Adopting this practice of reflection and reading the rite may be applied to all periods and rites of the initiation process.  Taking time to review the pastoral notes for the Period of Evangelization and Precatechumenate and the Rite of Acceptance may lead to implementing pastoral practices that more clearly reflect the vision of the rite.

It has been my experience that even after years of working with the ritual text, the pastoral notes and the rubrics still have something to offer a seasoned initiation leader.  The slower days of summer provide some breathing space and an opportunity for the leaders to further their own understanding of the rite.  During this long period of Ordinary Time there may be opportunities to travel and take a course or attend a conference or gathering focused on initiation.  Members of the parish initiation team are more likely to stay involved when they are able to continue to grow in their own understanding of this ministry.


In a parish with an ongoing inquiry group there would be regular gatherings during the slower summer months.  It is important to continue the contact with the inquirers although the nature and frequency of the gatherings may change.  A barbecue either at the parish or at the home of one of the parishioners would allow for family members to attend.  A time of socializing and shared prayer before the meal would mentor others in community living.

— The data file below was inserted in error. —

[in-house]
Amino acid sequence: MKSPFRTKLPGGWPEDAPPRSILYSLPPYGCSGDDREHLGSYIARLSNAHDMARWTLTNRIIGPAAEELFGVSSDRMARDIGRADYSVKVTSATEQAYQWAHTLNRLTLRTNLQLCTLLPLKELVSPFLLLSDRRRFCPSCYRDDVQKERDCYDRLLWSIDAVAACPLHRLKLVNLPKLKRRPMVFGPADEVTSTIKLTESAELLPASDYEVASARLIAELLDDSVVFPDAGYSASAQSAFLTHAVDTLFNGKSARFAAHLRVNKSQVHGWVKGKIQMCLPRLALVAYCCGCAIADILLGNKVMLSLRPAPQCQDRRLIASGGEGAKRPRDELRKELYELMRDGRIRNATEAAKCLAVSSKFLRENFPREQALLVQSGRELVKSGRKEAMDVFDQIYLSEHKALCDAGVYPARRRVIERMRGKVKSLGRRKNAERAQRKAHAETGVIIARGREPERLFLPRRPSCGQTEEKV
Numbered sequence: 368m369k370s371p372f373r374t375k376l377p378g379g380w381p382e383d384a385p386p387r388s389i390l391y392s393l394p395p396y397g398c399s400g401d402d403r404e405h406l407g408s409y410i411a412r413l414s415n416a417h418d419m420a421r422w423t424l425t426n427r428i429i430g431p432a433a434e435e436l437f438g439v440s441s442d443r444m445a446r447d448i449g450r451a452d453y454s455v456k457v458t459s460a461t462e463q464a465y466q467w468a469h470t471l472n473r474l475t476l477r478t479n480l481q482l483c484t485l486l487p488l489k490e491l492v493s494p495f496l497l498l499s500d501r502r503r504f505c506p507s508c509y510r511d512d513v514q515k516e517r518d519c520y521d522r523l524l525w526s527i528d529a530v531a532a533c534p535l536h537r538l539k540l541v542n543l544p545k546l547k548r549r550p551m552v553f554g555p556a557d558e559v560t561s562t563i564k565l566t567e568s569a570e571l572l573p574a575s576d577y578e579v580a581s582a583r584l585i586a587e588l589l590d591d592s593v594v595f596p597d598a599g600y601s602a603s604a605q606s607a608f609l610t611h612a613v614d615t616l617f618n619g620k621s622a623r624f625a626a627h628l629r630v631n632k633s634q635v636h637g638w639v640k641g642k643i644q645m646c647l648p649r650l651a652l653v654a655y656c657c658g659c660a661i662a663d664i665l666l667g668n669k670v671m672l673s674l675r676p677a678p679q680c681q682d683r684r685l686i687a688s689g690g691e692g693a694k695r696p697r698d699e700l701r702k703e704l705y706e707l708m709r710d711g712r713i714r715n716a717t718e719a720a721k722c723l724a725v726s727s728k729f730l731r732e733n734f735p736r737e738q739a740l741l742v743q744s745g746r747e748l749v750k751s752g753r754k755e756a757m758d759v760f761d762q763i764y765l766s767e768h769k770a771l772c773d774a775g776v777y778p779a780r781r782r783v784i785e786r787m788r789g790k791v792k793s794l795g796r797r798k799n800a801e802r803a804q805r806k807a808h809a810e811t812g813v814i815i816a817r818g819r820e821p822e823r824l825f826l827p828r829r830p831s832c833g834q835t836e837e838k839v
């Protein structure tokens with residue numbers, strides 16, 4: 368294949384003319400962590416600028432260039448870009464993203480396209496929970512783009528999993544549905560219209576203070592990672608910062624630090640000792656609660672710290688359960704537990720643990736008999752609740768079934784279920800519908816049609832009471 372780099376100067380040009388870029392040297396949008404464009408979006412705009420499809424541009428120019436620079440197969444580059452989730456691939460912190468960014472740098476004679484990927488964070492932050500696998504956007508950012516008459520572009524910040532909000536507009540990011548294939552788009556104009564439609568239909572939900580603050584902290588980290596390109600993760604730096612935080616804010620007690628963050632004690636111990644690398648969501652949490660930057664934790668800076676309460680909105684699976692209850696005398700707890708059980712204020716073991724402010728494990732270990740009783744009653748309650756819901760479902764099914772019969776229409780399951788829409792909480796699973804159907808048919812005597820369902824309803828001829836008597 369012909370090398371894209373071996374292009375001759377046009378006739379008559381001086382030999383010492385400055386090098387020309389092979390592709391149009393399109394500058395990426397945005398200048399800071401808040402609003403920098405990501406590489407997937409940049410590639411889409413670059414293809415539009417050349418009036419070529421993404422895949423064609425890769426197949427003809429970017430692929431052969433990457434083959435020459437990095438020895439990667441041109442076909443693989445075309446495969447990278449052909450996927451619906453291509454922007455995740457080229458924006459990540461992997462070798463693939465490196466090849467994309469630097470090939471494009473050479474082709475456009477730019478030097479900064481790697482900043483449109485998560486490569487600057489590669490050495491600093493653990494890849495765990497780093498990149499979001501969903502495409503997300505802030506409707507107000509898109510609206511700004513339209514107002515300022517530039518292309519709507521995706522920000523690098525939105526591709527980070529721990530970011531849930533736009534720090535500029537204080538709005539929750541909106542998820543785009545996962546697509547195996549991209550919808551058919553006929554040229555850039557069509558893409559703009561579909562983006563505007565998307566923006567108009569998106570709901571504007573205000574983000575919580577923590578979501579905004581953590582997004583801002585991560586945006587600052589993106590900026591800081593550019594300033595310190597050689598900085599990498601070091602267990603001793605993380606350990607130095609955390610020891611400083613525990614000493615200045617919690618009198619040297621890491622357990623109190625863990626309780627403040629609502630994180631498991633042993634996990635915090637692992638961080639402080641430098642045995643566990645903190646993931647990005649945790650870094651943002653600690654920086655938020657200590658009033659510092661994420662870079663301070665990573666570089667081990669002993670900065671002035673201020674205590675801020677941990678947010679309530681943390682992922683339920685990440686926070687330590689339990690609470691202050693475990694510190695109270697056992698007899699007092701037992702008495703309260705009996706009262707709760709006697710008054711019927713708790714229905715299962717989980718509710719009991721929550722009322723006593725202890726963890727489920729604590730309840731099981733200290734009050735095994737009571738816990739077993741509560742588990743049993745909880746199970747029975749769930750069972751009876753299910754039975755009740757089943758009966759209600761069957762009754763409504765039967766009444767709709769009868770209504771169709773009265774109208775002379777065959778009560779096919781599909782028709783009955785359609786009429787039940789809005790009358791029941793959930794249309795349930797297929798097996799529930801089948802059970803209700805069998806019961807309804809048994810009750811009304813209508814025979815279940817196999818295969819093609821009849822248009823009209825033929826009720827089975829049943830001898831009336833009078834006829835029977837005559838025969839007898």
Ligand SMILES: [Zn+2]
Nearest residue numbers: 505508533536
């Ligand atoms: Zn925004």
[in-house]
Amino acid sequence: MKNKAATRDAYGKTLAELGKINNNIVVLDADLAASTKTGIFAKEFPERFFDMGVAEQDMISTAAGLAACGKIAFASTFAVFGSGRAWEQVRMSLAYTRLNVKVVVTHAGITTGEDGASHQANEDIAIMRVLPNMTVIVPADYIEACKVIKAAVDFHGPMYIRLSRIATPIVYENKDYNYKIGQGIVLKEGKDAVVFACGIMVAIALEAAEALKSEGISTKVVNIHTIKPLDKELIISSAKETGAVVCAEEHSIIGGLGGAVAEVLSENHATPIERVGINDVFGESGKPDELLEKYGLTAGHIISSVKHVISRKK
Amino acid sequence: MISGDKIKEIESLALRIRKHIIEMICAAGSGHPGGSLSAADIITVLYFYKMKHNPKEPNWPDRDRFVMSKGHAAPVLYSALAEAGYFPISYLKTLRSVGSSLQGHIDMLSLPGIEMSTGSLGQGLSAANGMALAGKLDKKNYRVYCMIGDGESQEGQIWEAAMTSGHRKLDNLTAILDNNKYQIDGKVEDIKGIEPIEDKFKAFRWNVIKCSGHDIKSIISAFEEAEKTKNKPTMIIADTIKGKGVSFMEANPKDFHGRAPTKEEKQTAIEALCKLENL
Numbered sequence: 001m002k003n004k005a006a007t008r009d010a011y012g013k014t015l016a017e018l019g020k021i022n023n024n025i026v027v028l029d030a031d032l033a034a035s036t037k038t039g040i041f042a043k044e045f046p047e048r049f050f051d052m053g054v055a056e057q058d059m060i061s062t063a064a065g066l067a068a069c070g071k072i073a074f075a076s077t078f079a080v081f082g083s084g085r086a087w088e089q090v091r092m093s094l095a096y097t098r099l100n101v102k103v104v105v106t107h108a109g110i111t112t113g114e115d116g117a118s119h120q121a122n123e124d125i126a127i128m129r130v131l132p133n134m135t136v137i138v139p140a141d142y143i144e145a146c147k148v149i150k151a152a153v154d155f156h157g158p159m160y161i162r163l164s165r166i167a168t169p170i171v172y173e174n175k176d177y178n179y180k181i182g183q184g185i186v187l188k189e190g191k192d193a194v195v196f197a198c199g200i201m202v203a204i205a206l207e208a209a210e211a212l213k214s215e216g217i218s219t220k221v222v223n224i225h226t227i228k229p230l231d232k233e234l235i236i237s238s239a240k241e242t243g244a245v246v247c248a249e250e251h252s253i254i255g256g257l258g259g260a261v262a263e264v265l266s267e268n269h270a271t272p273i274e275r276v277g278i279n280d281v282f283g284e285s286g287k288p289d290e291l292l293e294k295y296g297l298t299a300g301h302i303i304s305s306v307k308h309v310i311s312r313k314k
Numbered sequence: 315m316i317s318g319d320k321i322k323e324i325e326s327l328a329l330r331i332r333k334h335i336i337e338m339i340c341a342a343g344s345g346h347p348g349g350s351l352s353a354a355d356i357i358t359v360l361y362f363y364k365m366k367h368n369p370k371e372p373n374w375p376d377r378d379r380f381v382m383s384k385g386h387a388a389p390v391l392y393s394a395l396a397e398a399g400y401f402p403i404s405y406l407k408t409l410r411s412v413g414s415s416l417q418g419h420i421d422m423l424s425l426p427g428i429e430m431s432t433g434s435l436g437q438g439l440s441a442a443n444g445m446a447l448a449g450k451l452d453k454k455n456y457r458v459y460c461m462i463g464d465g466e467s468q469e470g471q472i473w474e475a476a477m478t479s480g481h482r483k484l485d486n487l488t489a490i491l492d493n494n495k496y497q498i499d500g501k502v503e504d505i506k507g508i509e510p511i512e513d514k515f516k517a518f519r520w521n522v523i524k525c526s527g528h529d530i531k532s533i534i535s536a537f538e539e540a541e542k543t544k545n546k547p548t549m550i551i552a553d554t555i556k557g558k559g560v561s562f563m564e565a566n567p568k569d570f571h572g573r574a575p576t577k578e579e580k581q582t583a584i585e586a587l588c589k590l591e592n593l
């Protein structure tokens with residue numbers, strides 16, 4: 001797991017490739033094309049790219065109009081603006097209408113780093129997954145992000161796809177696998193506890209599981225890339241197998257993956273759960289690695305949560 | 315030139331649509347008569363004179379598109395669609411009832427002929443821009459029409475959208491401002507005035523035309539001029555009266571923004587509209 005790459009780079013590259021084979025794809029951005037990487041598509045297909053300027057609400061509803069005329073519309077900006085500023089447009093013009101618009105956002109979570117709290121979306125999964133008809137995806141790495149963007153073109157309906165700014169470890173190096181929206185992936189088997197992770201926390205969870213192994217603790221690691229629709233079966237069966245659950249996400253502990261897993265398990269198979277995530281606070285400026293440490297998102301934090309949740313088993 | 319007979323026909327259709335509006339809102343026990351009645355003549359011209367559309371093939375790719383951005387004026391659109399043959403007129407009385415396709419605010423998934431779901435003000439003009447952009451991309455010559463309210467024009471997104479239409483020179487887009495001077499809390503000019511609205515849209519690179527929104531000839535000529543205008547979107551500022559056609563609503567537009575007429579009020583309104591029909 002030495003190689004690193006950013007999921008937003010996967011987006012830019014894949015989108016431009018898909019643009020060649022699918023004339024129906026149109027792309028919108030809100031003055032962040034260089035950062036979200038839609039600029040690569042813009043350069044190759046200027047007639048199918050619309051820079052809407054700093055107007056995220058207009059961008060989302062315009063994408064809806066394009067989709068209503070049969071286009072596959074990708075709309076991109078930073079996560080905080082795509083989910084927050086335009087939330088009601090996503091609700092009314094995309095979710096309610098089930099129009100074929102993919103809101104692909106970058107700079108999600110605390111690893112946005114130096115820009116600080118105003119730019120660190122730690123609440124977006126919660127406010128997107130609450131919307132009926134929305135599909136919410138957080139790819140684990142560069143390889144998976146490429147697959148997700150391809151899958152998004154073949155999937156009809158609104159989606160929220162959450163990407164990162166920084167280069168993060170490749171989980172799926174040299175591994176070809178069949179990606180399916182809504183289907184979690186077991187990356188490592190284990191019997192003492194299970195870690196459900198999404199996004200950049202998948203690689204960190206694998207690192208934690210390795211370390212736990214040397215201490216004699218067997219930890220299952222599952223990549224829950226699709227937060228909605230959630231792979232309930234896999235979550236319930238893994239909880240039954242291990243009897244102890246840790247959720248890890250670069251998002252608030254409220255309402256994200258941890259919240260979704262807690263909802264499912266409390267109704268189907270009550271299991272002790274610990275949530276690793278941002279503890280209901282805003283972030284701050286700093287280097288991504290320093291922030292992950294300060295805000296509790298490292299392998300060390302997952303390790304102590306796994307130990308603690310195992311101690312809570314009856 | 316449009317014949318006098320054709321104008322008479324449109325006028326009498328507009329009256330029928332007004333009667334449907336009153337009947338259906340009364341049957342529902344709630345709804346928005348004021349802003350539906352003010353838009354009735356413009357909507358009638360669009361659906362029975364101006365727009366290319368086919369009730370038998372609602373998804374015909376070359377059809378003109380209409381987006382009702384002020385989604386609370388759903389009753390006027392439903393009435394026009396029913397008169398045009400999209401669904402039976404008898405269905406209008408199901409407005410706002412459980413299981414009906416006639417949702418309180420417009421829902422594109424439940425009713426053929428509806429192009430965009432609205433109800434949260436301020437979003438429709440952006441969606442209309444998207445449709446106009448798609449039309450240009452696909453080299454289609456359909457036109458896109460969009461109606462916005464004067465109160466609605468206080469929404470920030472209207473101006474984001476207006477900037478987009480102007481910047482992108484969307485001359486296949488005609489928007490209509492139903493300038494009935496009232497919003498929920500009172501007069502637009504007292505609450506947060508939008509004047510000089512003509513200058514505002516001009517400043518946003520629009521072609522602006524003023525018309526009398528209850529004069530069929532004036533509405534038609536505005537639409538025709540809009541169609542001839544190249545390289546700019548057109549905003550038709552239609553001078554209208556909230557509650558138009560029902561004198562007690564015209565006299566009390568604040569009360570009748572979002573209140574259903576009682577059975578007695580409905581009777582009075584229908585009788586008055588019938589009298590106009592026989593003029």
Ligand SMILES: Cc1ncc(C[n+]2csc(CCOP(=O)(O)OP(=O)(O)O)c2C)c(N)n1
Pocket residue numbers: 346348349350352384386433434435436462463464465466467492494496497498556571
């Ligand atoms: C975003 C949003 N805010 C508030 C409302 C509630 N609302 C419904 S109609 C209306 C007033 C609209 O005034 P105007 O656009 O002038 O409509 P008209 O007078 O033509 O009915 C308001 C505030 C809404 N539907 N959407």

Throughout the Easter season it is possible to have a variety of people formally connected to the initiation process.  It is becoming more common for a parish to have catechumens who continue to gather to Break Open the Word each Sunday throughout Easter and Ordinary Time.  These people are continuing their time of apprenticeship and formation.  During the summer months the catechumens and families along with the inquirers and families could participate in a visit to a local outdoor shrine.  The visit to the shrine could include time for prayer, catechesis on the saint and fellowship.

In some parishes there are a number of festivals that occur during the early months of summer.  Often the festival is linked to a particular cultural group and focus on a certain saint.  Inviting the leaders responsible for the festival to include those seeking initiation is a concrete way of fostering a greater understanding of initiation as a task of all the baptized.

The neophytes, those newly received into Full Communion and their families could be involved in the organizing and hospitality for some of the activities. 

The slower days of summer are times of renewal and rest.  It is possible to respect the need for renewal while expanding our understanding of initiation as a time of formation and apprenticeship.  We live as Catholics 52 weeks of the year so it is reasonable for our initiation process to reflect the fullness of a Catholic lifestyle.